Photo by Justin Criado

With the beginning of fall it’s time to get in to the Halloween spirit. The Photo Antiquities museum on 531 East Ohio St. in Historic Deutschtown has an exhibit that’s sure to excite, and maybe fright, visitors just in time for Oct. 31.

 

 

DSC_7781Photo by Justin Criado

Photo Antiquities founder Bruce Klein changes the photographs in his Spirits! Good and Evil exhibit, which he put up this month and will run until Halloween, Oct. 31. The exhibit features post mortem and “spirit” photos from the mid-1800s.

 

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Photo by Justin Criado

Klein, who also owns Bernie’s Camera Center on East Ohio Street, said post mortem photographs became popular in 1840 when a high infant mortality rate caused parents to take pictures of their deceased children in remembrance. Most post mortem photos were the family’s only photograph of the child so parents and photographers would pose the children to make it look like they were sleeping or resting, according to Klein.

 

DSC_7786Photo by Justin Criado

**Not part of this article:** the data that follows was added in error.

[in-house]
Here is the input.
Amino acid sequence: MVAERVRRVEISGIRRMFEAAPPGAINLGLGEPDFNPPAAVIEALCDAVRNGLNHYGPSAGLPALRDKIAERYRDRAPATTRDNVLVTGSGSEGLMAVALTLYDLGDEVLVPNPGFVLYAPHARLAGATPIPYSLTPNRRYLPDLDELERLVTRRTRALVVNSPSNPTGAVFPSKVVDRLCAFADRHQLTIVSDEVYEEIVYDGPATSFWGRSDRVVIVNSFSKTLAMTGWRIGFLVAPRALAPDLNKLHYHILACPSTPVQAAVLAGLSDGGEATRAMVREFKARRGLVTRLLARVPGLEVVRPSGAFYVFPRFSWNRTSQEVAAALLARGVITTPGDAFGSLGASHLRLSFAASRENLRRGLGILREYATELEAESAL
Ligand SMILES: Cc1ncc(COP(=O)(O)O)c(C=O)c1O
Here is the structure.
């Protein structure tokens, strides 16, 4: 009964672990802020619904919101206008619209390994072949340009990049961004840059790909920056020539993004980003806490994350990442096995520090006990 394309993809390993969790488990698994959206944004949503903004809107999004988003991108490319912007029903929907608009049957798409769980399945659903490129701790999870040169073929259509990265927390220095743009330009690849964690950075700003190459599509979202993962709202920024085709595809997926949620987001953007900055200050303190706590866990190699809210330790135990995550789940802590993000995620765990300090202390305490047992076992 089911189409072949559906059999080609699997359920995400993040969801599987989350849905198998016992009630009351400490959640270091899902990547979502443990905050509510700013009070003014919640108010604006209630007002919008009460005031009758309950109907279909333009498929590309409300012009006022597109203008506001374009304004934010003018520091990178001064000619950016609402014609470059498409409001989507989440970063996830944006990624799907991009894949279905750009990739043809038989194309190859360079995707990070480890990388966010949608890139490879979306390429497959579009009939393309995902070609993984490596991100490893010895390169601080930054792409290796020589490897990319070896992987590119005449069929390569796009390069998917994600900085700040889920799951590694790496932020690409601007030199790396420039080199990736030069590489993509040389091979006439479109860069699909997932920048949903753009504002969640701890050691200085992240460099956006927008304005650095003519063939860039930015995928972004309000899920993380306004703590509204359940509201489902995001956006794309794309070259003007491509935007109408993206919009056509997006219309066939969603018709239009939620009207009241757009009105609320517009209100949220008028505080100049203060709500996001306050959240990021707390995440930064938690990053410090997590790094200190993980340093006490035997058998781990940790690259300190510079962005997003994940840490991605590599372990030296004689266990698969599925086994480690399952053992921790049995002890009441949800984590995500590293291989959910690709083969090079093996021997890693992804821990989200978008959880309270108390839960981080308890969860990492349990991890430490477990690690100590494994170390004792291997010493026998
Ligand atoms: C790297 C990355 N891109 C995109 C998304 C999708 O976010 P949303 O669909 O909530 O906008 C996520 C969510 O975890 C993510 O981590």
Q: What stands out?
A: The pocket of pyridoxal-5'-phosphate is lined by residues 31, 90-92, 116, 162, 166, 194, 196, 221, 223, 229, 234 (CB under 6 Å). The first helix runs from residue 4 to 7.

“Spirit” photographs require a double-exposure technique which gives the illusion that someone or something in a particular photo is translucent or ghost-like. In this photo provided by the Photo Antiquities museum you can see a woman sitting in a chair holding a guitar (left photo, right of the frame).  A closer look will reveal what appears to be another woman dressed in a long gown with her head bowed in the middle of the picture.  The title “Only a Dream” seems fitting enough.

 

DSC_7788Photo by Justin Criado

Most spirit photos were taken in remembrance of a loved one or conveyed messages of affection or ownership. The museum features both types of photos. Klein, who has been in the photography business for over 40 years, said spirit photos are hard to find. He found most of the ones he has in the museum by chance, he said.

 

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Photo by Justin Criado 

A memorial matte like the one shown above (middle photo) was a popular way to carry the memory of a loved one with you. Unlike today where most pictures are taken on cell phones or saved on SD cards, 19th century photography was an art as well as a curiosity. Klein said Native Americans believed if their picture was taken they lost part of their soul.

 

The Spirits! Good and Evil exhibit is scheduled to run until Oct. 30, but Klein said in years past he’s left it up longer because the response and interest has been so overwhelming.

“It’s just curiosity,” Klein said. “People just like to see stuff that’s out of the ordinary.”

For more information on the museum’s schedule visit the official website.

And for you Halloween fanatics, more ghosts, hauntings and paranormal investigations will be revealed in the Chronicle’s October issue so if you’re not afraid of the dark, stay tuned.